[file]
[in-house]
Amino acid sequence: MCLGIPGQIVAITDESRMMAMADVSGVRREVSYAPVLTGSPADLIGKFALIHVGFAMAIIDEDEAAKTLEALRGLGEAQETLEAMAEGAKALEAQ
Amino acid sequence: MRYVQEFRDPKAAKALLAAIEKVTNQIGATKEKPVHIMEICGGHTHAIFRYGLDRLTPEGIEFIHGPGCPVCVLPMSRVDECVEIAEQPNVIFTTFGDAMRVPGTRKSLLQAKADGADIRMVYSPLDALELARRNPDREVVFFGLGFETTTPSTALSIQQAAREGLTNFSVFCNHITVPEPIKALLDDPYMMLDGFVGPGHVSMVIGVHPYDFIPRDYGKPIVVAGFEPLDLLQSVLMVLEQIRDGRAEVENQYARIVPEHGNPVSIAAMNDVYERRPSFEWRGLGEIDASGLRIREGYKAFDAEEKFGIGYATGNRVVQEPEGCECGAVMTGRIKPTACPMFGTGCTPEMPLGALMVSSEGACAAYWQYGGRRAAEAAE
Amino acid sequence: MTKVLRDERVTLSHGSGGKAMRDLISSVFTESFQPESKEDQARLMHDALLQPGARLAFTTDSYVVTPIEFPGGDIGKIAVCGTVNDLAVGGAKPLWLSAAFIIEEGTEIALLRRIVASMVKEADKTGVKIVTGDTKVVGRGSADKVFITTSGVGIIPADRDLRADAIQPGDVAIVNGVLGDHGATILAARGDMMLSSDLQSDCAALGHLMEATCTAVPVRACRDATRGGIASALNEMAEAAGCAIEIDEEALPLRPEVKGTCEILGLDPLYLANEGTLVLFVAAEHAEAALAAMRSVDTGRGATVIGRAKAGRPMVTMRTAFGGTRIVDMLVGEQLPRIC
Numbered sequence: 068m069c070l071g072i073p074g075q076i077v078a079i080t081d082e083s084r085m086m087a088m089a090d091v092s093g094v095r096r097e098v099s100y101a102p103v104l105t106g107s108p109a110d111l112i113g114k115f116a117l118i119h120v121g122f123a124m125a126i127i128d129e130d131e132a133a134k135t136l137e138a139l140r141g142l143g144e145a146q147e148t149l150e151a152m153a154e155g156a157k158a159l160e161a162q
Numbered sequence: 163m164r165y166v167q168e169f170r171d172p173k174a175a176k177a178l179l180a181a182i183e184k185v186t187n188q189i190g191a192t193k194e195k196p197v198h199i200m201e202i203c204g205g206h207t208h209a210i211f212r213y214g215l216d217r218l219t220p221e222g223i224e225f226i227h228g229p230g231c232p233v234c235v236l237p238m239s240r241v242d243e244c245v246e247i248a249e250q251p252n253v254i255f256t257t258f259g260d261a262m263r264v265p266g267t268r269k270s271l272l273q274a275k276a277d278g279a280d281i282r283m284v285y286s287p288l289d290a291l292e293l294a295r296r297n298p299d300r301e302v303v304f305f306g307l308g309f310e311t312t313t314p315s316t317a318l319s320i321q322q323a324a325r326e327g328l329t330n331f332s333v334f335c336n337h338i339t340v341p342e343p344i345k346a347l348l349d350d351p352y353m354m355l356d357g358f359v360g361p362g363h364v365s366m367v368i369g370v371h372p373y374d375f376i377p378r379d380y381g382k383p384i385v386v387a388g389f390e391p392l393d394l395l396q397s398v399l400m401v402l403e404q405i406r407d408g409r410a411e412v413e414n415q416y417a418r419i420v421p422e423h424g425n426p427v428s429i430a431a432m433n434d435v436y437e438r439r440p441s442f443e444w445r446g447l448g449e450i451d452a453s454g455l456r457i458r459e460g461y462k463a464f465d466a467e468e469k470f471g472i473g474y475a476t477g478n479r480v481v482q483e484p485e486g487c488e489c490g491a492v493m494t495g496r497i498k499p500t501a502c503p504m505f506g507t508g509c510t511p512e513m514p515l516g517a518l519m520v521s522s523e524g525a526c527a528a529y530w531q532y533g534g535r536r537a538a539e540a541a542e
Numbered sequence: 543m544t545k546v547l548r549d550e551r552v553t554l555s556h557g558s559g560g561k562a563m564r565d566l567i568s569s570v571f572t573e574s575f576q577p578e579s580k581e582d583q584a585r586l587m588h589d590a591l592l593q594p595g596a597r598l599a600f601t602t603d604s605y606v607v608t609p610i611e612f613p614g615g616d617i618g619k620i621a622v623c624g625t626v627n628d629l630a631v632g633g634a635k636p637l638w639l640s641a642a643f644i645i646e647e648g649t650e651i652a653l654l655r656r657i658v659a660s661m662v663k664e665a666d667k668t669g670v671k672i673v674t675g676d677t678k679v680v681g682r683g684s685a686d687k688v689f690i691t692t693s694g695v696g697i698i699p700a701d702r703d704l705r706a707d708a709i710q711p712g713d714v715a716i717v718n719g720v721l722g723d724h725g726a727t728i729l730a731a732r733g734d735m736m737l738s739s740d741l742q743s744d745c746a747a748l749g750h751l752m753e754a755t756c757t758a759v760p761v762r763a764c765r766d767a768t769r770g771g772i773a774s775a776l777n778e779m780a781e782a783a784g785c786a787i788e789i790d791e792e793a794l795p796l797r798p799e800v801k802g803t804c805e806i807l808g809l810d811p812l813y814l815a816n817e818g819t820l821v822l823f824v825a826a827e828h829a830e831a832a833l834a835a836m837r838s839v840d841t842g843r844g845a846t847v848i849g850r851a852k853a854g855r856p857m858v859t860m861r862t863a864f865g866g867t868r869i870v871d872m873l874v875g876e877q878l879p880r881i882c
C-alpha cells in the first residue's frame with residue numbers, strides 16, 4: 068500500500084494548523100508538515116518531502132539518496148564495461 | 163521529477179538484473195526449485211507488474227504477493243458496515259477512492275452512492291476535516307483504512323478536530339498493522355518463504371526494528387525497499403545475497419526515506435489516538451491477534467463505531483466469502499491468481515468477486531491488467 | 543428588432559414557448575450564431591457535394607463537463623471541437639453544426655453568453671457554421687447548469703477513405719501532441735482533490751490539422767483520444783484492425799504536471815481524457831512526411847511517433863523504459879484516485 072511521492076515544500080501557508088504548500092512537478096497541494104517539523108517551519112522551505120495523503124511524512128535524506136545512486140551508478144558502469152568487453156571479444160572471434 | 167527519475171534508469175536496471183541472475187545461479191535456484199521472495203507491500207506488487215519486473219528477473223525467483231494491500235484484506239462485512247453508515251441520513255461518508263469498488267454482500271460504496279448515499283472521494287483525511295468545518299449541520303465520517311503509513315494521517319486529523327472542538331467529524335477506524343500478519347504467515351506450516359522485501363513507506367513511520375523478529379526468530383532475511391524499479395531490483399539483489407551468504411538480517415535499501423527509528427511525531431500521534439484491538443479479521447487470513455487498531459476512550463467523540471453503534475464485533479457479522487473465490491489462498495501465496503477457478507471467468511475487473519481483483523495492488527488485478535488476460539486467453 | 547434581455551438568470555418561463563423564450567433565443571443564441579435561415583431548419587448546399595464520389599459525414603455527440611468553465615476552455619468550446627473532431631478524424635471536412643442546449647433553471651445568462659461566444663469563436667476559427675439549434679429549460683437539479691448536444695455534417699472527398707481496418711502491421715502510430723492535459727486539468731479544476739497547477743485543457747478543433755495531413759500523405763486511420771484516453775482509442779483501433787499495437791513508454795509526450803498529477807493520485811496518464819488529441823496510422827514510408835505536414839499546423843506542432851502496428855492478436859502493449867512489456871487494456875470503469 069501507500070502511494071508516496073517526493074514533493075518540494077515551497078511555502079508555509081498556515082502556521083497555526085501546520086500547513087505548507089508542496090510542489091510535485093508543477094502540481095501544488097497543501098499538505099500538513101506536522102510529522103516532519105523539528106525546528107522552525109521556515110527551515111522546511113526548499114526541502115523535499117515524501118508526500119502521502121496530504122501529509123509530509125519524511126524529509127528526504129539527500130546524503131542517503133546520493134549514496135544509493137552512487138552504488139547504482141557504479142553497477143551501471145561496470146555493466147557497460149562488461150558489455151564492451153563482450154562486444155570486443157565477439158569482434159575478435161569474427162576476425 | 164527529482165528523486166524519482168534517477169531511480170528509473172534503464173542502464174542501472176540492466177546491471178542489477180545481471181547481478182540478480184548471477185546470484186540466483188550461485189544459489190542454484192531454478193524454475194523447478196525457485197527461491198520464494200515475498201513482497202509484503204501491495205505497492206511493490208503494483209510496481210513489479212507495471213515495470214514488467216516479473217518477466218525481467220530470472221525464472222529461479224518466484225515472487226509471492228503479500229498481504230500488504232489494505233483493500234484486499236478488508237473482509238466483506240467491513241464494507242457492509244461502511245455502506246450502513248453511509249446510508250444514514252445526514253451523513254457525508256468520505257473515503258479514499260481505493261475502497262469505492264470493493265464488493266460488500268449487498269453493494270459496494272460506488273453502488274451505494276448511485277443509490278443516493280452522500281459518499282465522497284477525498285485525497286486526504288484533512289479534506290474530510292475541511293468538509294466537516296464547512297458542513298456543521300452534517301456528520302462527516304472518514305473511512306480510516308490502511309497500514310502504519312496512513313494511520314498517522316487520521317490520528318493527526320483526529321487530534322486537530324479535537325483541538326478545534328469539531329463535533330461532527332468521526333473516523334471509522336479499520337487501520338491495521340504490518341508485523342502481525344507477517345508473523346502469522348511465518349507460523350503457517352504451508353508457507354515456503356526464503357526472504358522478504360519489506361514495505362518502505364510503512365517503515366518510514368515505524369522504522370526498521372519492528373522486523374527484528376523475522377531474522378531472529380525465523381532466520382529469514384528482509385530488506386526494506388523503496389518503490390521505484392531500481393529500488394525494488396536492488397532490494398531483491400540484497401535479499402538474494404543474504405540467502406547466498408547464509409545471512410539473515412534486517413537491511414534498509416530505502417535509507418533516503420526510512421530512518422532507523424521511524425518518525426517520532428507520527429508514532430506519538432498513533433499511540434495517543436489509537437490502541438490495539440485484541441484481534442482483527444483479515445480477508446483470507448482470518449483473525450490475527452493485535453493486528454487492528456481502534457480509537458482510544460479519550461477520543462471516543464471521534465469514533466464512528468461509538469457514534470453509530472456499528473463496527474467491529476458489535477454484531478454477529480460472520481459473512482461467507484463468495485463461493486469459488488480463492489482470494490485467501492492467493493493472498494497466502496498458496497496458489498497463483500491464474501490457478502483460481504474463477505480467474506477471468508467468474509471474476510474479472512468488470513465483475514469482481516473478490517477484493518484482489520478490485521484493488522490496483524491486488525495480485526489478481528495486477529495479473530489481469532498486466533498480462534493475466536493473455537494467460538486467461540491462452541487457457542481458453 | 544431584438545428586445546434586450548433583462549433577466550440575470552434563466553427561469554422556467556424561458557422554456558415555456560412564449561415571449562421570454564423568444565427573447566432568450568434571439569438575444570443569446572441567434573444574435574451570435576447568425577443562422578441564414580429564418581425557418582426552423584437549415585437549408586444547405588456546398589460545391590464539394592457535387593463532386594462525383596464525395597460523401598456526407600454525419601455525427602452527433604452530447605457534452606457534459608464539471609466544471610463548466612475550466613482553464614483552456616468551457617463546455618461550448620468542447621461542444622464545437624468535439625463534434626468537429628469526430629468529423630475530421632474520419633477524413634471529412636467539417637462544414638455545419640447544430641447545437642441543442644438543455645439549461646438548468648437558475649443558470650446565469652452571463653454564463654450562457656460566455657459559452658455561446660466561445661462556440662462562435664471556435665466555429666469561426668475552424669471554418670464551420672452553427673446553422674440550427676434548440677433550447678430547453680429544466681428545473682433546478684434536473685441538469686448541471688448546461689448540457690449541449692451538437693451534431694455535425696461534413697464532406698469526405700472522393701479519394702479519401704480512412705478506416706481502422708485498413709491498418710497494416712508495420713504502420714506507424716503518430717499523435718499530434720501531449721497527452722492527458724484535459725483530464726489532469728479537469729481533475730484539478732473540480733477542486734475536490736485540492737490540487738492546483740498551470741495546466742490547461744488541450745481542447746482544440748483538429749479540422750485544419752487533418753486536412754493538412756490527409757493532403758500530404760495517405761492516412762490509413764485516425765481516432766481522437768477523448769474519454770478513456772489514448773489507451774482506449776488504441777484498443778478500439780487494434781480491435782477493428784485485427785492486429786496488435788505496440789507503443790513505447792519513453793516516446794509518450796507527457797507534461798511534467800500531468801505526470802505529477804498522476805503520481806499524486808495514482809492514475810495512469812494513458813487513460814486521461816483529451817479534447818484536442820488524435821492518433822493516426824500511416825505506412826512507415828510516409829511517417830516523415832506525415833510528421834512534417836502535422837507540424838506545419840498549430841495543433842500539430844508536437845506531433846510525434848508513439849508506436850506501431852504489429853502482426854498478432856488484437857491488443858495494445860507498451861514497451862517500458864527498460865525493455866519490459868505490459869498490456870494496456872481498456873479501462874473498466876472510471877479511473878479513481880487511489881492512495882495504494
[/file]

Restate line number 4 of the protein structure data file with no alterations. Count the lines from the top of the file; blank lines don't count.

Amino acid sequence: MTKVLRDERVTLSHGSGGKAMRDLISSVFTESFQPESKEDQARLMHDALLQPGARLAFTTDSYVVTPIEFPGGDIGKIAVCGTVNDLAVGGAKPLWLSAAFIIEEGTEIALLRRIVASMVKEADKTGVKIVTGDTKVVGRGSADKVFITTSGVGIIPADRDLRADAIQPGDVAIVNGVLGDHGATILAARGDMMLSSDLQSDCAALGHLMEATCTAVPVRACRDATRGGIASALNEMAEAAGCAIEIDEEALPLRPEVKGTCEILGLDPLYLANEGTLVLFVAAEHAEAALAAMRSVDTGRGATVIGRAKAGRPMVTMRTAFGGTRIVDMLVGEQLPRIC